AMD continued to enjoy strong growth in Q2 2018

AMD released its second-quarter 2018 financial results yesterday evening. The company posted revenue of $1.76 billion, up 53% year-on-year, and made $153 million in operating income on that haul compared to a $1 million operating loss a year ago. Net income was $116 million, compared to a $42 million net loss a year ago, and gross margin rose three percentage points to 37%.

  Q2 2018 Q2 2017 Change
Revenue $1.76 billion $1.15 billion Up 53%
Operating income $153 million -$1 million Up $154 million
Net income $116 million -$42 million Up $158 million
Gross margin 37% 34% Up 3 percentage points

The Computing and Graphics business brought in $1.09 billion of revenue, a 64% year-on-year increase. AMD says that result comes from strong Radeon sales and the continued momentum of its Ryzen CPUs. Investors looking for signs of AMD's exposure to the cryptocurrency market will want to note that sequential revenue declined 3% from last quarter primarily because of a decline in crypto demand. The division made $117 million in operating profit for the quarter compared to $7 million a year ago.

While AMD's CPU average selling price declined in part thanks to a more competitive Intel lineup and the consequently lower suggested prices of some second-generation Ryzen CPUs, GPU ASPs increased thanks to products both for the consumer market and data center.

The Enterprise, Embedded, and Semi-Custom division raked in $670 million, up 37% year-on-year and 26% sequentially, thanks to increases in semi-custom and server product revenues. That sequential figure suggests Epyc products are beginning to have a small but material impact on the server CPU market. The division made $69 million in operating profit, too, compared to $16 million a year ago.

The All Other portion of AMD's balance sheet posted an operating loss of $33 million compared to $24 million a year ago.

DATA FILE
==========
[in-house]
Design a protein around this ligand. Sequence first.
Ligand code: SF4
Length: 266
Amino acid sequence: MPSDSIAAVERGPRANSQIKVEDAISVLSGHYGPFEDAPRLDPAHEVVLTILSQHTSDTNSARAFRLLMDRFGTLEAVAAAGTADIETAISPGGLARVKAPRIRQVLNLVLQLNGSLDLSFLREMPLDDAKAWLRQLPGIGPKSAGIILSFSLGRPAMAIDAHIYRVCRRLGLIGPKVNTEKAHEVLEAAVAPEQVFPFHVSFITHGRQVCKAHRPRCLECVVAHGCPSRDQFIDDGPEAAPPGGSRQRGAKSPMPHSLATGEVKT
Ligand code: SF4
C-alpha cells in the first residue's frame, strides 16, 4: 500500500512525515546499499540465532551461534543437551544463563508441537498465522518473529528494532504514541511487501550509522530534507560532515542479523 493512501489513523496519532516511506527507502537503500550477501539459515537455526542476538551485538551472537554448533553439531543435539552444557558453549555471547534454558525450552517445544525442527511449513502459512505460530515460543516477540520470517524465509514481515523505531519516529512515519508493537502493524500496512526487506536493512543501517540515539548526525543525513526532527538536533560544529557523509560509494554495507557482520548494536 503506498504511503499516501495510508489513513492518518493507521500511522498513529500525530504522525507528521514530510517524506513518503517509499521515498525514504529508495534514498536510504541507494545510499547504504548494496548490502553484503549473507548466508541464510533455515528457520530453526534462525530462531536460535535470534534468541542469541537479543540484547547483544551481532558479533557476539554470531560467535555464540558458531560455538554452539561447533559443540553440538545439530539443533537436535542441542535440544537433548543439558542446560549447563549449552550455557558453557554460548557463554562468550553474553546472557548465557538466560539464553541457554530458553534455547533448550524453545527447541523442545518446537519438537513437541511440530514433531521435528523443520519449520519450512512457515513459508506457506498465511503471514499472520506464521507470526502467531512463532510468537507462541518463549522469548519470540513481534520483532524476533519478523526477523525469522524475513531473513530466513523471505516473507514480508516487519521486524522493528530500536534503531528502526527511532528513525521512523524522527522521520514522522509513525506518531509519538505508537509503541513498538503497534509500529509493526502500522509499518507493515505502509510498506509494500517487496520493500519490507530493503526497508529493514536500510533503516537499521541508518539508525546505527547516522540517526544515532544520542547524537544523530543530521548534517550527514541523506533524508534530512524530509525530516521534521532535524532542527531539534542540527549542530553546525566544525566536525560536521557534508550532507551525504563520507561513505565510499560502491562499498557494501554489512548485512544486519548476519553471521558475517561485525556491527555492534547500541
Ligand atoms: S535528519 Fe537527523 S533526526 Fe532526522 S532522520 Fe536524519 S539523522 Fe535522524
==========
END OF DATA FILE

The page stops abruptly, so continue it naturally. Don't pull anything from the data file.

For the next quarter, AMD expects revenue of about $1.7 billion, plus or minus $50 million. If that range proves correct, the company will enjoy 7% year-on-year growth for the quarter. AMD also expects gross margin to increase to about 38%, buoyed by Ryzen and Epyc CPUs and counterbalanced by lower GPU sales into the cryptocurrency market.

Comments closed
    • K-L-Waster
    • 1 year ago

    Can it be? An AMD earnings report *without* one time charges turning the ink from black to red?

    Y’know, it’s possible they may actually have a future in this whole semi-conductor business. Whoda thunk it?

    • jihadjoe
    • 1 year ago

    Great!

    Now all I need is for them to release a CPU on DDR5 coz I’m not planning on blowing any cash on DDR4. GamersNexus reported that AMD really wants to beat Intel to market with it so hopefully that’ll be next year with Zen2.

      • Puiucs
      • 1 year ago

      You will most likely have to wait for Zen 3 for that (or maybe Zen 2+ at the earliest, but highly unlikely).

    • Krogoth
    • 1 year ago

    2019 is going to be the year of AMD. They pretty much got open season on the Enterprise/SMB markets. Upcoming Epyc refresh (based on Ryzen+ architecture) is going to be very compelling for clients they are in an upgrade cycle.

    Intel only has Skylake-X family until Q1 2020 when Cascade Lake should land.

      • freebird
      • 1 year ago

      I definitely agree with the 1st sentence, even though that will probably get me down voted. The Cascade Lake family was stated to be Late 2018(read December), but probably Q1 or maybe even Q2 2019 for most servers to show up. Intel mentioned on their conference call that “…the next generation of Xeon will ramp in the early part of 2019.” I expect Intel to raise the TDP in the Enterprise to 250w to try and keep up with 7nm Epyc.

      Cascade probably won’t offer much of a clock speed increase without a TDP increase. It’s real claim to fame is 3DXP (Apache Pass) Support.

      Cascade is early 2019, Server Ice Lake (10nm) is planned 1Q 2020. Intel stated in earning call client 10nm Holiday 2019 and Server following shortly after…

      Who knows where the TDP limit may end in the HEDT. TR2 is upping the TDP limit to 250w, with motherboards supporting at least 300w or more. Intel realizes it is in a real fight now so I expect them to maybe even go 300w TDP.

      It is looking to be a very interesting year…2019

    • smilingcrow
    • 1 year ago

    If Intel’s massive struggles with 10nm are indicative of how difficult things may be generally below the 10/7nm barrier, AMD has the advantage of working with 2 Fabs.